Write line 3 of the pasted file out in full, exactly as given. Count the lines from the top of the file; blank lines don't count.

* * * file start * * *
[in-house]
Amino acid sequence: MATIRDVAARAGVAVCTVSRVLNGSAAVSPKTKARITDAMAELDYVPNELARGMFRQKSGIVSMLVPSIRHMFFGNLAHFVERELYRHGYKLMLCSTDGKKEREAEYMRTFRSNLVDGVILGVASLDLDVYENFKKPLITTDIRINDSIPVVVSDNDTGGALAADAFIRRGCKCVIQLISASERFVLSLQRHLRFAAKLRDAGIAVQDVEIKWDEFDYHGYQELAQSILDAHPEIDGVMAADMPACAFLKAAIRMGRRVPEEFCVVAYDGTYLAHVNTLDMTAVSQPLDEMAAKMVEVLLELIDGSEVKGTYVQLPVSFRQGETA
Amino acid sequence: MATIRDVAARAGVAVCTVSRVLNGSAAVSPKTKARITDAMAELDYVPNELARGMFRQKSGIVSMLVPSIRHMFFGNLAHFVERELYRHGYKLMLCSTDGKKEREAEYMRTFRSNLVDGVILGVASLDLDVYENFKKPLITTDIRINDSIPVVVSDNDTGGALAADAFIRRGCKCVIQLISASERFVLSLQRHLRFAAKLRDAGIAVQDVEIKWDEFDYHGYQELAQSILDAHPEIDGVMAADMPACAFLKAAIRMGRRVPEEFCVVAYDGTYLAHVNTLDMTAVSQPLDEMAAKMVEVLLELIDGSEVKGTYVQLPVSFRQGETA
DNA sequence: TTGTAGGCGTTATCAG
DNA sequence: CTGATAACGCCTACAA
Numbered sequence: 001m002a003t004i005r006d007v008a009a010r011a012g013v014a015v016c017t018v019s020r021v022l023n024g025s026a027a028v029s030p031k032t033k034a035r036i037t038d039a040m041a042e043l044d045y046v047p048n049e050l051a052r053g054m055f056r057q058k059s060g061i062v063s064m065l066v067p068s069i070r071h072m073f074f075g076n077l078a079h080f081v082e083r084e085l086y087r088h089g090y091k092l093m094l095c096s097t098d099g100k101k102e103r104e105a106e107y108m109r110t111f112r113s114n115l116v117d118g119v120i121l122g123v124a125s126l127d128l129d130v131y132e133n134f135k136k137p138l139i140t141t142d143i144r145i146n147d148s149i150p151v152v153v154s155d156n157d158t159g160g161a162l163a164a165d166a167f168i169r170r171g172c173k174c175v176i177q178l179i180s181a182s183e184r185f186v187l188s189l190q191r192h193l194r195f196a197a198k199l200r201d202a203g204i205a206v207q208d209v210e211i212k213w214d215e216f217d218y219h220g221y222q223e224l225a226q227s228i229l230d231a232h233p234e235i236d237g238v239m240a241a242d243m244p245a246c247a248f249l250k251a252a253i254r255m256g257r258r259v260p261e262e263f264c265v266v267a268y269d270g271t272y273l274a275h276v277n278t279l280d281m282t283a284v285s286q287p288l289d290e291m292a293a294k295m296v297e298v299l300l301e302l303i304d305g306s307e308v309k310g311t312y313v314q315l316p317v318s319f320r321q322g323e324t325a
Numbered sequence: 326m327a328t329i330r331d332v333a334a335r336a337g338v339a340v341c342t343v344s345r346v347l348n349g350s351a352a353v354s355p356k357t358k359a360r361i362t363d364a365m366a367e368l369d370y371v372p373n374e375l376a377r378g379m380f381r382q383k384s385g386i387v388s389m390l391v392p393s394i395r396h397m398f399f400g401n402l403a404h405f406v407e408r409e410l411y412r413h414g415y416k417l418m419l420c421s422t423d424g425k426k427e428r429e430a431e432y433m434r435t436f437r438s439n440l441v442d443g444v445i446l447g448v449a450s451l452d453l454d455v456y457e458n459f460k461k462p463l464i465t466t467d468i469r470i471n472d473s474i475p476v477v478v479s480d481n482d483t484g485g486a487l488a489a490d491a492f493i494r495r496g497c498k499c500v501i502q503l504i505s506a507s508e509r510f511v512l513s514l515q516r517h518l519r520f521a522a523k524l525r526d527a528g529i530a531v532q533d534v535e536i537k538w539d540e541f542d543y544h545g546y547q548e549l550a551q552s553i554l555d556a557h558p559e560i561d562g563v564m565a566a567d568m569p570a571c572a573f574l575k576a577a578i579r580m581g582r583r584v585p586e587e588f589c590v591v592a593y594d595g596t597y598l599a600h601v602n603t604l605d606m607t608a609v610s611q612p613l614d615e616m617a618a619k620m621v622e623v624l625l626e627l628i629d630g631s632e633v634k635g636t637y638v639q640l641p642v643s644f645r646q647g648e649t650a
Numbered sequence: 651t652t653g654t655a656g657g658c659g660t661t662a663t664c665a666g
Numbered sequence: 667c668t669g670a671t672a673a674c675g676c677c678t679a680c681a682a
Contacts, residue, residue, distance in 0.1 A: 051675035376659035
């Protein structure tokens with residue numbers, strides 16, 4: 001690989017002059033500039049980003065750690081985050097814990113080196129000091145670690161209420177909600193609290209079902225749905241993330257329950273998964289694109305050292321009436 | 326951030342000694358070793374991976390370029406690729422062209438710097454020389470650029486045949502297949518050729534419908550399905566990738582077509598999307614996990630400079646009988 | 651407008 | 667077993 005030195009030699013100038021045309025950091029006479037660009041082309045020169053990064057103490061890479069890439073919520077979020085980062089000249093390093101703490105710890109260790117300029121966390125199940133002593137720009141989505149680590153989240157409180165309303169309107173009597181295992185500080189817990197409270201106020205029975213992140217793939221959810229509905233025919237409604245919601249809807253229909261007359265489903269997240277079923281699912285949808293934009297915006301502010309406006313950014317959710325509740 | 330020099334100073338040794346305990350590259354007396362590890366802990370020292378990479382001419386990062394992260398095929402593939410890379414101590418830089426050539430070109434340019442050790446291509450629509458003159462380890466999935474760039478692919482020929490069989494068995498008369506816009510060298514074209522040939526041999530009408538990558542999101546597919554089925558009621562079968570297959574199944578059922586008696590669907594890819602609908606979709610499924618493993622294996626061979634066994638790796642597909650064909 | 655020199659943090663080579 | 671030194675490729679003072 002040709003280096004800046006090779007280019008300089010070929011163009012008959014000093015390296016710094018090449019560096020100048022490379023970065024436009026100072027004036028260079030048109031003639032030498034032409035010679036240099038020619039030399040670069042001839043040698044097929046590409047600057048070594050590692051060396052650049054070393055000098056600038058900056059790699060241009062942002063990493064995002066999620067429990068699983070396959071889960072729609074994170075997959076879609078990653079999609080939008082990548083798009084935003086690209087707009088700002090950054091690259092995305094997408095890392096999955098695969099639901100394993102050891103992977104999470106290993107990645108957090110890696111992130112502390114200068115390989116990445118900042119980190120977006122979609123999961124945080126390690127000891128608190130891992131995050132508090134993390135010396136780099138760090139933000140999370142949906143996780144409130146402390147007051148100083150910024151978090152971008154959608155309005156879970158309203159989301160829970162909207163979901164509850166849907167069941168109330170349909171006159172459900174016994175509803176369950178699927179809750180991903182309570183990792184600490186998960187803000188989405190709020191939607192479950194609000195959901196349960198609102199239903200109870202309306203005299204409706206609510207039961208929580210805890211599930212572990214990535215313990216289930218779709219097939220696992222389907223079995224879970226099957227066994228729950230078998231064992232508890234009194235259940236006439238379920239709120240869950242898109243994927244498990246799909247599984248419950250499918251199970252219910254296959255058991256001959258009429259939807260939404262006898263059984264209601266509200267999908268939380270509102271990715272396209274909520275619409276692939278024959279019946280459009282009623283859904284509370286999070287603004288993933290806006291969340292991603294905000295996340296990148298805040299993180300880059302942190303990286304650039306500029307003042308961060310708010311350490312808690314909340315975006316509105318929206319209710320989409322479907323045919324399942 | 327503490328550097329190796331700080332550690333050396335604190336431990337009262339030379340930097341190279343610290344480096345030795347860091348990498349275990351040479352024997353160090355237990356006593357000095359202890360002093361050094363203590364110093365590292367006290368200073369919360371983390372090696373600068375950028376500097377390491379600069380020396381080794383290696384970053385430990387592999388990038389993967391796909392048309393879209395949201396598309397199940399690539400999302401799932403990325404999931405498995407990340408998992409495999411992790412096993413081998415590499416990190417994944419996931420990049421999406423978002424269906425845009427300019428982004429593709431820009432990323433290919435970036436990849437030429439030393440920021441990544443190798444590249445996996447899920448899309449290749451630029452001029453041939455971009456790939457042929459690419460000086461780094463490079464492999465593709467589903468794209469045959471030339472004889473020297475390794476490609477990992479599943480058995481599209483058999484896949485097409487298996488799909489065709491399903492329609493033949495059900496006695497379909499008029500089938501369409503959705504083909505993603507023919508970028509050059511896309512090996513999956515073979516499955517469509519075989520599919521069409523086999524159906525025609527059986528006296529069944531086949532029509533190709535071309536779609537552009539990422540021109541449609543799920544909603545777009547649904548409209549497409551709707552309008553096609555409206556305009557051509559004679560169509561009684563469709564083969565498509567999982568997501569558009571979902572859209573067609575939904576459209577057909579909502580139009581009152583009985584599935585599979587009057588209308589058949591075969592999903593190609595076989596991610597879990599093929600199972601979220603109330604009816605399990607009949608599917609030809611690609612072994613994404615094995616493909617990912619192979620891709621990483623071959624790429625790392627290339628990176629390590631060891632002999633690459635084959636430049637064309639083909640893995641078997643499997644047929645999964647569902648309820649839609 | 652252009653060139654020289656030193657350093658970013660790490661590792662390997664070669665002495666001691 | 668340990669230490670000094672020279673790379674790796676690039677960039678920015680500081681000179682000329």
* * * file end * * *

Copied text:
Amino acid sequence: MATIRDVAARAGVAVCTVSRVLNGSAAVSPKTKARITDAMAELDYVPNELARGMFRQKSGIVSMLVPSIRHMFFGNLAHFVERELYRHGYKLMLCSTDGKKEREAEYMRTFRSNLVDGVILGVASLDLDVYENFKKPLITTDIRINDSIPVVVSDNDTGGALAADAFIRRGCKCVIQLISASERFVLSLQRHLRFAAKLRDAGIAVQDVEIKWDEFDYHGYQELAQSILDAHPEIDGVMAADMPACAFLKAAIRMGRRVPEEFCVVAYDGTYLAHVNTLDMTAVSQPLDEMAAKMVEVLLELIDGSEVKGTYVQLPVSFRQGETA